Hopefully, these qualities will resonate with our students. The next step is to use our texts this year as a jumping-off point--not only into the wealth of literature that makes up our world, but also into what it means to be a teenager in Seattle.

Looking forward to our summer of learning

As you might have seen from some of our recent pictures, we are moving into our building and settling in. Teachers won’t officially start until Aug. 1, but we have already started planning out the summer.


The Downtown School is part of an innovative wave in education, redefining what an excellent high school education looks like for young people today. Just like a startup, every person who works at (and attends!) the school will have a significant impact on the design and success of the institution. In hiring teachers, I looked for curious, passionate educators with curriculum design experience who are eager to take on this challenge. Part of what our team will do this summer is learning from educators who are engaged in similarly forward-thinking work.

Spanish teacher Lupe Fisch and I will be attending PBL World - a conference focused on project based learning (PBL). Lupe, an experienced PBL practitioner, will be working with other expert teachers on designing, assessing, and managing PBL projects; I’ll be attending the leadership academy where I’ll work with other administrators on implementing and supporting PBL at an institutional level. At the same time, other teachers will be at the coLearn Conference at Winchester Thurston School, whose City as Our Campus program is an inspiration for our approach using the city of Seattle as a lab. Our teachers will be working alongside educators, administrators, and community partners from around the country, learning best practices, program implementation models, and methods of measuring impact.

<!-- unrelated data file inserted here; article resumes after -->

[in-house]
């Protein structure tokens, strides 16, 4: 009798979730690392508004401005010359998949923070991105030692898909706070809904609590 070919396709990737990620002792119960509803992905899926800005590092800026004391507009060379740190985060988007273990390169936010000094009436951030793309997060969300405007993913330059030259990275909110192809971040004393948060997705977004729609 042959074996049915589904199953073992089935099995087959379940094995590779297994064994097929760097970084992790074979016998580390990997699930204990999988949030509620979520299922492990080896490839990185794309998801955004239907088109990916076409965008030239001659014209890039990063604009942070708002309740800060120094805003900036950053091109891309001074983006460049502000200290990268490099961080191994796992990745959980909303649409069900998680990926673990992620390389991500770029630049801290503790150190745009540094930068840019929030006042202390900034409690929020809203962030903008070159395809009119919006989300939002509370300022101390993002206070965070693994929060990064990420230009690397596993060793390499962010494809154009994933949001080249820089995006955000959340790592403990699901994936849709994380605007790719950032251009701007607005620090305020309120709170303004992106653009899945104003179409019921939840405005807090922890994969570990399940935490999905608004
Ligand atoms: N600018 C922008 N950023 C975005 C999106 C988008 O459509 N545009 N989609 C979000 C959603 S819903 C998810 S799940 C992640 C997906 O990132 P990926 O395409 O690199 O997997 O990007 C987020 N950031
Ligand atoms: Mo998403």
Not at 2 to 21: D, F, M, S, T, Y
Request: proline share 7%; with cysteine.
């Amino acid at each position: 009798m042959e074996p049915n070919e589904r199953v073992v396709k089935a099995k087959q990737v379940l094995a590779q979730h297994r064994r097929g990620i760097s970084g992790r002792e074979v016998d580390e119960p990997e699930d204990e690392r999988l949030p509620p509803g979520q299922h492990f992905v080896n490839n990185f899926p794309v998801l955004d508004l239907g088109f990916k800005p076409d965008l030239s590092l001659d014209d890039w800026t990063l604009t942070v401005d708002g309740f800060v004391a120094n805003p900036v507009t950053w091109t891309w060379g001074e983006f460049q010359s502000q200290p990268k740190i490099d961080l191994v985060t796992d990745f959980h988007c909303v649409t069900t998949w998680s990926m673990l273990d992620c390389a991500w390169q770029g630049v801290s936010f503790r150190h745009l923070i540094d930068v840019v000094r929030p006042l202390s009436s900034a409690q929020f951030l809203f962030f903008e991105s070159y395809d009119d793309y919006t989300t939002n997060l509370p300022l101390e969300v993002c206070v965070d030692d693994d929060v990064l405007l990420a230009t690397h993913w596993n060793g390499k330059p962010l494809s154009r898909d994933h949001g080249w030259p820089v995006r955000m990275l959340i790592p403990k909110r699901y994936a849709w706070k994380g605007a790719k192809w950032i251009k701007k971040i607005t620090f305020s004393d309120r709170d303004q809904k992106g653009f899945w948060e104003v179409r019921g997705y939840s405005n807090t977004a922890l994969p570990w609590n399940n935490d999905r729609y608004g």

Finally, all six of us - Ananya, Brian, George, Kelsey, Lupe, and I - will come together on Bainbridge Island in July for the Learning Design Summit organized by Global Online Academy (GOA). I’ve been working with colleagues at GOA for years, and their engagement with a variety of innovative schools keeps them on the cutting edge of educational best practices. Their annual summit draws educators from around the world for four days of talking about designing curriculum and learning experiences for students. The theme of the summit this year is particularly appropriate for us: Modern Learners, Modern Schools. What do they say are the elements of modern learning? Promoting student agency. Reimagining space and time (like our schedule!). Fostering new ways of assessment that promote learning. Cultivating a love of learning. And allowing learners to explore their interests and passions.

Reading that list, talking with our teachers, and reflecting on the vision of The Downtown School, I know we are on the right path. I can’t wait for all of our teachers to get here this summer!

Introducing George Heinrichs, our history and social science teacher!


Hello! My name is George Heinrichs and I cannot wait for the school year to start this fall. I will be teaching history and I could not think of a better location in which to teach than a city. History is the study of people and the decisions they make, and these decisions are reflected in how cities are built and in how they change. We will get to use the city as a learning lab, and the students will get to both learn from the city and about Seattle itself. That dynamic is thrilling, and as many ideas as I have, I know the students will be inspired to follow their own passions and ask questions that we cannot begin to imagine. We will be at the center of Seattle and will have the opportunity to contribute to what the city can look like. The opening intensive course of sophomore year is all about asking what it means to live with oneself and with other people.


Introducing Spanish teacher Lupe Fisch!


Hello! My name is Lupe Fisch and I’m so excited to be teaching at The Downtown School next year. Here’s two big reasons why.